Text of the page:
CPT

Calendar of Physics Talks Vienna

Scattering in Continuous-time Quantum Walks
Speaker:Daniel Nagaj (University of Vienna)
Abstract:The evolution of continuous-time quantum walks on graphs is surprisingly interesting. First, we can utilize it to answer questions about the underlying graph structure, with applications in games theory (Does the first player have a winning strategy?). Second, many-particle scattering is a universal algorithmic tool – as powerful as any quantum computer. Finally, as we are starting to understand the tools underlying these results, we discover control applications (where should a wavepacket go) as well as the ability to battle wavepacket dispersion.
Date: Mon, 18.03.2013
Time: 17:30
Duration: 60 min
Location:Hörsaal ATI, Atominstitut, Stadionallee 2, 1020 Wien
Contact:Dr. Christiane Losert / Univ. of Vienna

Euklidische Pfadintegrale für den harmonischen und anharmonischen Oszillator
Speaker:Matthias Plaschke (Univ.Wien)
Abstract:im Rahmen des Seminars für Mathematische Physik
Date: Tue, 19.03.2013
Time: 14:15
Duration: 60 min
Location:Fakultät für Physik, Erwin Schrödinger-Hörsaal, Boltzmanngasse 5, 5. Stock
Contact:J. Yngvason

Zeitliche Entwicklung der Plasma-Rand-Elektronendichte während und nach dem L-H Übergang in ASDEX Upgrade
Speaker:Dipl.-Ing. Matthias Willensdorfer (Technische Universität Wien, Institut für Angewandte Physik)
Abstract:Als wichtige Methode zur Untersuchung des Teilchentransportes in Fusionsplasmen wird seit einigen Jahren besonders erfolgreich die Lithiumstrahl-Plasmadiagnostik eingesetzt. Eine signifikante Verbesserung der Genauigkeit und Auflösung dieser Diagnostik erlaubt nun genaue Studien des Teilchentransportes und der zugehörigen Elektronendichte am Plasmarand während des Überganges von L-Mode (niedriger Energie- und Teilcheneinschluss) zu H-mode (hoher Einschluss).
Date: Tue, 19.03.2013
Time: 16:00
Duration: 20 min
Location:Technische Universität Wien, Institut für Angewandte Physik, Seminarraum 134A, Turm B (gelbe Leitfarbe), 5. OG, 1040 Wien, Wiedner Hauptstraße 8-10
Contact:Univ.Prof. Dr. Friedrich Aumayr

Nanostructures formed on surfaces due to the impact of slow highly charged ions
Speaker:Dipl.-Ing. Robert Ritter (Technische Universität Wien, Institut für Angewandte Physik)
Abstract:In recent years it has been shown that the impact of slow (keV) individual highly charged ions can induce nanosized surface modifications in a large variety of materials. In this talk, I will focus on recent results on the formation of pits in thin polymeric films and nanopores in freestanding, 1 nm thick carbon nanomembranes.
Date: Tue, 19.03.2013
Time: 16:00
Duration: 20 min
Location:Technische Universität Wien, Institut für Angewandte Physik, Seminarraum 134A, Turm B (gelbe Leitfarbe), 5. OG, 1040 Wien, Wiedner Hauptstraße 8-10
Contact:Univ.Prof. Dr. Friedrich Aumayr

Quantum Optomechanics: a route for table-top experiments at the interface between quantum physics and gravity?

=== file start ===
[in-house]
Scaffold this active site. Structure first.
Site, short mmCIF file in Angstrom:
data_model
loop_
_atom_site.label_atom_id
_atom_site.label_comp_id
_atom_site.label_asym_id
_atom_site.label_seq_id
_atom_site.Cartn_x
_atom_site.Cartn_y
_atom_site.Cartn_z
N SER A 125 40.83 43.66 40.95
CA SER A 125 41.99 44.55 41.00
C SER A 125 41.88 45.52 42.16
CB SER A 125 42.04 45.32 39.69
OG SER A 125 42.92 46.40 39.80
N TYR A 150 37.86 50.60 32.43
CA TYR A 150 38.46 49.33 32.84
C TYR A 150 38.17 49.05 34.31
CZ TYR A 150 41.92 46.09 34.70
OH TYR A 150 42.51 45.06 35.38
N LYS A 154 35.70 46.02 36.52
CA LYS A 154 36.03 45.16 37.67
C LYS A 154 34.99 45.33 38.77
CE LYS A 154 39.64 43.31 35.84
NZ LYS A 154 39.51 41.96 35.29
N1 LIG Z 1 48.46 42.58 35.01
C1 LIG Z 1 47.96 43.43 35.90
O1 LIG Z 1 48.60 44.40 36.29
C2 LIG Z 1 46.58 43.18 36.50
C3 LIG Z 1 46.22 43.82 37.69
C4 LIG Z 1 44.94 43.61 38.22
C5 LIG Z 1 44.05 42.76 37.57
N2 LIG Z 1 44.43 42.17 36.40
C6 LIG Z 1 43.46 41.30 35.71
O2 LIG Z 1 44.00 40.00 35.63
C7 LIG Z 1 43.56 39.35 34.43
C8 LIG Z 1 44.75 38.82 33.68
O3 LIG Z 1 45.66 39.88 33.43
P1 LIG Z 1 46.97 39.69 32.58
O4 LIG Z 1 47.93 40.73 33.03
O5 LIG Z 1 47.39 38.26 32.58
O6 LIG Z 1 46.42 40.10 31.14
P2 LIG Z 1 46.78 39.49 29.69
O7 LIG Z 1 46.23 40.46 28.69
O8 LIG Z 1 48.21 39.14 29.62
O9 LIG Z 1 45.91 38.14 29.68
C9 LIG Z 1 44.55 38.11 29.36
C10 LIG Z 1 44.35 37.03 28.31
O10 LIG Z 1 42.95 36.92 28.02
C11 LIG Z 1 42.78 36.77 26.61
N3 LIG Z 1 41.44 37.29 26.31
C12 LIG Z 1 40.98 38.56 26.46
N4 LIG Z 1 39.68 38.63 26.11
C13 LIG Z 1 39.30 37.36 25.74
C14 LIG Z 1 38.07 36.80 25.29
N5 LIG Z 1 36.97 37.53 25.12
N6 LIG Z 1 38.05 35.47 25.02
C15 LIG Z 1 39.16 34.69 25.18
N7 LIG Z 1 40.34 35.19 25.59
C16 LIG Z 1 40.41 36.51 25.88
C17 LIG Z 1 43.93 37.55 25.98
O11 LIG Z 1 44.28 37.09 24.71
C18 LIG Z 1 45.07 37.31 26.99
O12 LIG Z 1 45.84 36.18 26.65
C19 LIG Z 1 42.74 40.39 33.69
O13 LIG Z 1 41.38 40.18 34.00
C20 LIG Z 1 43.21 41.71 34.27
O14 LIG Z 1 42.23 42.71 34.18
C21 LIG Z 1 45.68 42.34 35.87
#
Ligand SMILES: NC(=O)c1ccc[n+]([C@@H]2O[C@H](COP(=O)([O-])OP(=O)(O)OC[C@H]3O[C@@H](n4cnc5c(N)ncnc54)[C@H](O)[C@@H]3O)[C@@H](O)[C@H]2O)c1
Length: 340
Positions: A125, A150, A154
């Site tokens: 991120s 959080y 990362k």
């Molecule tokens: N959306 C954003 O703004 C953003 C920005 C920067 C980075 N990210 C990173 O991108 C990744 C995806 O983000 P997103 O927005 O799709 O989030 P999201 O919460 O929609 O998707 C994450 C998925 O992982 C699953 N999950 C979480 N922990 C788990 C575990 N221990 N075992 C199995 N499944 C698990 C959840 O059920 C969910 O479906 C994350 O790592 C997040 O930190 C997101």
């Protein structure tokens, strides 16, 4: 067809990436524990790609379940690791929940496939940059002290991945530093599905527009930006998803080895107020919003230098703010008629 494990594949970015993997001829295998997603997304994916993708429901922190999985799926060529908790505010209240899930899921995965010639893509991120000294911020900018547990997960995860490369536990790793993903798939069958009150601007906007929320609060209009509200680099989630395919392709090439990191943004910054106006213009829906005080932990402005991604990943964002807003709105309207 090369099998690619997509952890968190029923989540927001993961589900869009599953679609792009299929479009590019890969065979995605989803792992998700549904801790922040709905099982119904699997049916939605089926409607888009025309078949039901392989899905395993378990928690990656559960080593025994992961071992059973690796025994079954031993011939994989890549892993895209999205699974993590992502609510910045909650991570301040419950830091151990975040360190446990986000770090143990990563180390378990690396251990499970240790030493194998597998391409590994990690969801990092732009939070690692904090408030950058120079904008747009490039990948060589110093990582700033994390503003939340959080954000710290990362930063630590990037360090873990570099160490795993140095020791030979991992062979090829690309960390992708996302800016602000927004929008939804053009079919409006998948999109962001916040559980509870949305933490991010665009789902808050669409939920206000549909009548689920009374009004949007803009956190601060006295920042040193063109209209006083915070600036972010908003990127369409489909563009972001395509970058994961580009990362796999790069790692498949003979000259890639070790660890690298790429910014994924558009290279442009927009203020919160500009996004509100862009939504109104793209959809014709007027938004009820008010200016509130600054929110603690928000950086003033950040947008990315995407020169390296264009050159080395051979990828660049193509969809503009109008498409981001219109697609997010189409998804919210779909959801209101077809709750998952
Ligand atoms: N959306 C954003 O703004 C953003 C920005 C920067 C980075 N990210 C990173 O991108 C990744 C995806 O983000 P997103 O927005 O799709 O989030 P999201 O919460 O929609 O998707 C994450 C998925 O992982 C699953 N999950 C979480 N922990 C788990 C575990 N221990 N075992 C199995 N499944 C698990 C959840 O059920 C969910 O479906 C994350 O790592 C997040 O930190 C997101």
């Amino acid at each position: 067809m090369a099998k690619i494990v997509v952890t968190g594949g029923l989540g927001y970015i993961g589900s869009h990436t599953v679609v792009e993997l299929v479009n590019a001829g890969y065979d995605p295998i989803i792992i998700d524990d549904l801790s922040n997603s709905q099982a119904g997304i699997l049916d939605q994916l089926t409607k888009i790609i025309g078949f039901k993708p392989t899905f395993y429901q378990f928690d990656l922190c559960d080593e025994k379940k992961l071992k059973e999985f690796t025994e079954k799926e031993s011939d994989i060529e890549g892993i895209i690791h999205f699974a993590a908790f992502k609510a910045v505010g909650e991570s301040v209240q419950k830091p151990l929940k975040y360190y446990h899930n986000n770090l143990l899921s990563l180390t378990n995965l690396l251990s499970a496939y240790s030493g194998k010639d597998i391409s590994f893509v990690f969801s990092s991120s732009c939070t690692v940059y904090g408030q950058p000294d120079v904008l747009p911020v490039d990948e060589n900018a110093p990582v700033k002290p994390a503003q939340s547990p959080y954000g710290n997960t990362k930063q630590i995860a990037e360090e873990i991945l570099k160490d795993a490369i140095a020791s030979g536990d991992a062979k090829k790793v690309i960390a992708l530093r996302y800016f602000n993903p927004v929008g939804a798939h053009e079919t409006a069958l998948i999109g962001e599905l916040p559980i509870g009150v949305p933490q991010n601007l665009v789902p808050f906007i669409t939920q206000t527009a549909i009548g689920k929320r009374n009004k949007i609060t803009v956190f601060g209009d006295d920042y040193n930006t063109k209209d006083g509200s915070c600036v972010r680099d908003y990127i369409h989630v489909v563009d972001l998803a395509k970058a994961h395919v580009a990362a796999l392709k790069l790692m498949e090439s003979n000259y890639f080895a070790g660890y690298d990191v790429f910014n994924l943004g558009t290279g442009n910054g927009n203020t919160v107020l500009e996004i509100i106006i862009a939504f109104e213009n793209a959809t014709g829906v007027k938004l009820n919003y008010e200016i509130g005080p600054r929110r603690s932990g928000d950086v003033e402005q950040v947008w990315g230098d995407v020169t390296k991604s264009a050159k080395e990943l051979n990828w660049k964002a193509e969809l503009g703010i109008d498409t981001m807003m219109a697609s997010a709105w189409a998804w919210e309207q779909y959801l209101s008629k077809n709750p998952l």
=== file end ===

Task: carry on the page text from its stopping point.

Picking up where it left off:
Speaker:Markus Aspelmeyer (Univ.Wien)
Abstract:im Rahmen des Literaturseminars
Date: Wed, 20.03.2013
Time: 15:00
Duration: 60 min
Location:Arbeitsgruppe: Gravitation, Währinger Strasse 17, Seminarraum A, 2. Stock
Contact:P. Chrusciel

Mass modes and secondary massive quark radiation
Speaker:Ilaria Jemos (Univ.Wien)
Abstract:im Rahmen des Teilchenphysikseminars
Date: Thu, 21.03.2013
Time: 14:15
Duration: 60 min
Location:Fakultät für Physik, Erwin Schrödinger-Hörsaal, Boltzmanngasse 5, 5. Stock
Contact:A. Hoang, H. Neufeld

Fundamental constants, gravity and cosmology
Speaker:Jean-Philippe UZAN (CNRS, Institut d'Astrophysique de Paris)
Abstract:Fundamental constants are a cornerstone of our physical laws. Any constant varying in space and/or time would reflect a violation of the equivalence principle. Thus, it is of importance for our understanding of gravity and of the domain of validity of general relativity to test for their constancy. I will first recall the relations between the constants, the tests of the local position invariance and of the universality of free fall. I will then sketch the main theoretical frameworks in which the low-energy constants may actually be varying. Many experimental and observational constraints have been obtained from atomic clocks, the Oklo phenomenon, solar system observations, meteorite dating, quasar absorption spectra, stellar physics, pulsar timing, the cosmic microwave background and big bang nucleosynthesis. I will provide a summary of these observations. To finish, cosmology, and in particular the models of the early universe, allows to address the question of understanding their numerical values. While very speculative, and probably out of reach of any experimental or observational check, this may be the only insight to understand the apparent fine-tuning that the constants seem to confront us with.
Date: Fri, 22.03.2013
Time: 15:30
Location:Atominstitut, Hörsaal, Stadionallee 2, 1020 Wien
Contact:T. Schumm